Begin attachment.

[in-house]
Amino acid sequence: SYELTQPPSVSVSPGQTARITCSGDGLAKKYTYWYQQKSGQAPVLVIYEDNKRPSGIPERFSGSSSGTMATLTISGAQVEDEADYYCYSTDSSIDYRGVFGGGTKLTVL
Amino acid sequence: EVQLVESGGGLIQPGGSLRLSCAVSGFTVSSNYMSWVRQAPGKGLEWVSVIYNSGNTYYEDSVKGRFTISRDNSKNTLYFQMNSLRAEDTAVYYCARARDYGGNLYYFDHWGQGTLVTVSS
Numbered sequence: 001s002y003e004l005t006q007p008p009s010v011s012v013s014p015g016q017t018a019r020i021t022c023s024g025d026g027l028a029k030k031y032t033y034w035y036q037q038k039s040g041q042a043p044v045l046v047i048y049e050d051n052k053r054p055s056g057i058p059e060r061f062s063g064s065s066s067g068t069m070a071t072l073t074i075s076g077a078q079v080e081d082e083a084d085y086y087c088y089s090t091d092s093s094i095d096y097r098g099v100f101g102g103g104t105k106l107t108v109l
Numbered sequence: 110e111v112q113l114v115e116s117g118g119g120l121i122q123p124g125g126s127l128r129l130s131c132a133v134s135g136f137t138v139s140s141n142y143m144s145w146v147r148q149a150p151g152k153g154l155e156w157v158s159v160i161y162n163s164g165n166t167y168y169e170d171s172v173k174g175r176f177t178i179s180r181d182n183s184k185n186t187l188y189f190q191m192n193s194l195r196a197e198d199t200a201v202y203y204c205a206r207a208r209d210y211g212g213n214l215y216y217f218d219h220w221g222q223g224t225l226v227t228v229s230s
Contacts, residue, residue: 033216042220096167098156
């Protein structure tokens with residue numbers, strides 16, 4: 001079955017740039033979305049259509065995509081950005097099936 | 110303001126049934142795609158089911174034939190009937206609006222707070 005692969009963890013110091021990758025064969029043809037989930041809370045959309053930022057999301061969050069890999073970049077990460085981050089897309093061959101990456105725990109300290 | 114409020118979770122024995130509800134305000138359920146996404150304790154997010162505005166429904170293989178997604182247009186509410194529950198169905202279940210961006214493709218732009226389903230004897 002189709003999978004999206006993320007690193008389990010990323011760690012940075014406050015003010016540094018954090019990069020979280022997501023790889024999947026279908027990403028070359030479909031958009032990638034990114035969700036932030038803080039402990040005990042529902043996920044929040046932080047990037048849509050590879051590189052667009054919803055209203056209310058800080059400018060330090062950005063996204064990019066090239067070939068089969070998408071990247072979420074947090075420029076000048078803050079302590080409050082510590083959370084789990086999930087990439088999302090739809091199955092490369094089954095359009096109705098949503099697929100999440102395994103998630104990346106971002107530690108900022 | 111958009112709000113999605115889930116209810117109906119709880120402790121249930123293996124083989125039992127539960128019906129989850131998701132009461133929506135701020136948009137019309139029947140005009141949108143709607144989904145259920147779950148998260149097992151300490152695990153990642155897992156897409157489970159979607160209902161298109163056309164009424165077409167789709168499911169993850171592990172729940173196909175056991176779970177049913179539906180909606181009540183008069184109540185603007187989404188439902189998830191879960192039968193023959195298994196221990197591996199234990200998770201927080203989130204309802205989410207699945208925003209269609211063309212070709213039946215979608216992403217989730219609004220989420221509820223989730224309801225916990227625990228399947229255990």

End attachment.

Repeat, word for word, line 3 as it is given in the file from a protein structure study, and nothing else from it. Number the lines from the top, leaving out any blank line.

Amino acid sequence: EVQLVESGGGLIQPGGSLRLSCAVSGFTVSSNYMSWVRQAPGKGLEWVSVIYNSGNTYYEDSVKGRFTISRDNSKNTLYFQMNSLRAEDTAVYYCARARDYGGNLYYFDHWGQGTLVTVSS